A good many American Jews of retirement age are very much familiar with The Lord’s Prayer. Jewish, it isn’t. Pope Francis has been aware for some time now that something is amiss with the venerated Christian prayer. That is why it came as no surprise when it was reported that the Pontiff wished to tweak the text of the Lord’s Prayer. He was particularly troubled by Christians asking of G-d: “Lead us not into temptation.”

Meaning no disrespect to the Holy See, but temptation is not necessarily a bad thing. As far as Judaism is concerned, temptation comes in two flavors – good and bad. Trouble is, throughout the generations, so many Christian theologians have been stuck in the Garden of Eden, where the first couple was tempted by the cunning serpent to indulge in the forbidden fruit, that these theologians simply can’t see the forest for the tree (sic). For these theologians, temptation is synonymous with evil. “Gevalt,” exclaim our rabbis. Were it not for temptation, those who came across one small cruse of certified oil while cleaning up the Greek mess in the Holy Temple in Jerusalem would have been left in the dark. It was temptation that led them to light the oil, even though rationally they held out little, if any, expectation that the oil would last beyond twenty-four hours. Similarly, it was temptation and not intellect that led a small ragtag Maccabee army to engage in battle with a larger, better trained army that was superiorly equipped. Chanukah and (good) temptation go together like potato latkes and sour cream.

Meaning no disrespect to the Bishop of Rome, but G-d does not lead us into temptation, nor has G-d ever led us into temptation. Truth of the matter is G-d does not lead us anywhere. In Judaism we call that free will. And that’s the way it has been ever since Adam and Eve. This world is wired with free will for humans and because of this, G-d was able to say to Cain: If thou do well, things will work out just fine, but if you mess up, you’ll wish that you were never born. Just as G-d cannot lead us into complacency, so too G-d cannot led us into temptation. Some 21 centuries ago, there was any number of our people who were tempted by the Greek lifestyle that was so pervasive at the time. Those Jews earned the moniker Hellenists. And when the Hellenists went too far and brought that lifestyle into places that were off limits, the Hasmoneans took up arms against the Hellenists and civil war broke out. That’s how the story of Chanukah took root.

Meaning no disrespect to the Pontiff, but if he wishes to place G-d and temptation in the same sentence, then he might consider rewriting the Lord’s Prayer, so that the petitioner asks for strength, determination, and fortitude from HaShem to properly deal with temptation. If it’s good temptation, the petitioner should pray for strength not to have second thoughts or to shy away, but to go for it; if it’s bad temptation, the petitioner should pray for strength to fight that temptation and to overcome it. Just as there were those who succumbed to the Hellenist lifestyle, so too were there those who resisted the Hellenist lifestyle. And the rest they say, is the history of Chanukah.

As long as we live, as long as we are healthy in mind and soul, temptation will always be part of our lives. A true mentsch, perhaps even a Tzaddik is one who knows how and when to implement (good) temptation and when to subdue (bad) it. In doing so, that mentsch or Tzaddik  will succeed in bringing more light into this world than any Chanukah Menorah.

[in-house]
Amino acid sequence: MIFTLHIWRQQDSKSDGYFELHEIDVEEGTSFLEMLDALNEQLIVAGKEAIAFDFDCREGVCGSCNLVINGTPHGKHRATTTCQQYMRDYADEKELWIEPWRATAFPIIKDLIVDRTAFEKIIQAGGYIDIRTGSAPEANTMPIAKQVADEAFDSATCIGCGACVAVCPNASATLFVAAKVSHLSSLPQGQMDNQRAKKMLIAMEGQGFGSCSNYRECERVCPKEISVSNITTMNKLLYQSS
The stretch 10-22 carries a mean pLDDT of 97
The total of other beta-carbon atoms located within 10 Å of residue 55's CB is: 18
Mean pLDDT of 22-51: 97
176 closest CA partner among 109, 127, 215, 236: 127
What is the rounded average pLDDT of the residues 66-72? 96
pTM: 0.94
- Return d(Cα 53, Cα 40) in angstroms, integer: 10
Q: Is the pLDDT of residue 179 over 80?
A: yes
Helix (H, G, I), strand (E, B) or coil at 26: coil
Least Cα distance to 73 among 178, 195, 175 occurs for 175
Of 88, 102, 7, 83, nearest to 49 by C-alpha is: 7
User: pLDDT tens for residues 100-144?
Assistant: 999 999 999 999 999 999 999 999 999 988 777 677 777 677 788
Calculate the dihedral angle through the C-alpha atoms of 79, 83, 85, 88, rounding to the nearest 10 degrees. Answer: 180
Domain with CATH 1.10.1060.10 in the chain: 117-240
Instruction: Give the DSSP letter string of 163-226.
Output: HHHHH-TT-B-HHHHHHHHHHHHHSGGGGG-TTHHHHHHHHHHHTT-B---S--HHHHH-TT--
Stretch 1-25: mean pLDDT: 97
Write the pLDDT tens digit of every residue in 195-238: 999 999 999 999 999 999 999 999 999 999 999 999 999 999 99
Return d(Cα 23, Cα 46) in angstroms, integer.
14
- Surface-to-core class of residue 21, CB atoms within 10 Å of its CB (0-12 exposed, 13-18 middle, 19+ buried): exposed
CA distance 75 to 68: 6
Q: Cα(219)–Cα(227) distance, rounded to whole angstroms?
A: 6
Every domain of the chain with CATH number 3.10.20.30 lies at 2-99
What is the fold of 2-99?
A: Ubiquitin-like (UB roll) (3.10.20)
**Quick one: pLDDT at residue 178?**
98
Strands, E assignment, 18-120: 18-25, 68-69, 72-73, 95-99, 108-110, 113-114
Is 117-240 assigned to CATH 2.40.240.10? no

Yesterday, the Supreme Court met to hear the case of plaintiffs David Mullins and Charlie Craig and defendant Jack Phillips. Jack Phillips is proprietor of Masterpiece Cake Shop in Colorado. He refused to bake/create an elaborate wedding cake for Mr. Mullins and Mr. Craig, citing his religious beliefs that find same sex marriage to be at best, unacceptable.

The “Jewish response” is predictably split. Generally speaking, the Orthodox side with the baker; the Conservative and Reform side with the grooms. It seems to me however, that there ought to more to the Jewish response than denominational demarcation.
On more than one occasion, fellow Jews have “made a tsimmes” because of religious belief, or lack thereof. It mattered little to them if they took up the cudgel against government or private industry. A little over a decade ago, Rabbi Elazar Bogomilsky created a ruckus over synthetic Christmas trees on display at Sea Tac airport. Although he insisted that all he wanted was equal footing for Chanukah menorahs being displayed as well, his outcry was seen as indignation, resulting in Christmas trees being removed from the airport. Once upon a time, airlines in this country provided meal service on domestic flights. Alaska Airlines was one of those carriers. On the meal tray, Alaska Airlines included a prayer card. A few decades back, a (Jewish) passenger made news, as she threatened Alaska Airlines with a lawsuit, claiming that the prayer card on her meal tray was an infringement on her religious beliefs and causing her to lose her appetite, thereby preventing her from eating the meal, much less enjoying it. It mattered little to this Jewish passenger that the prayer card on her meal tray contained verses from the Book of Psalms, otherwise known to us as “tehillim.”

I may very well be a lone voice, but it seems to me, that as a people that has been denied entry into colleges and Medical Schools and Law Schools because of “beliefs”, as a people that has been denied membership into Country Clubs and prohibited from living in certain neighborhoods in any number of American cities because of “beliefs”, we Jews should be most careful in considering and weighing beliefs, including those beliefs that are seen by many as being legitimate and kosher.

As a rabbi, I am empowered to officiate at non-Jewish weddings. As a rabbi, I am empowered to preside over the marriage of two non-Jews, who for whatever reason seek my services. Among the recurring nightmares that plague me, is being approached by a same sex couple –say, on Christmas day when I am in my office doing work, minding my own business. With marriage license in hand, they ask me to join them in matrimony. Does my refusal to do so, place me in the same onerous position as Jack Phillips? (I cannot truthfully fall back on the claim that I do not officiate at civil ceremonies, because there was at least one civil ceremony that I did preside over.)

It seems to me that with Chanukah soon upon us with its message of establishing boundaries (the straw that broke the camel’s back was a Hellenist Jew who overstepped his boundaries and sacrificed a pig on the holy altar. Similarly the Greek king Antiochus overstepped his boundaries with his harsh decries interfering with the practice of the belief of a foreign people) that regardless of yesterday’s finding of the Supreme Court, it behooves us to carefully establish boundaries that will not only protects us but  respects others as well.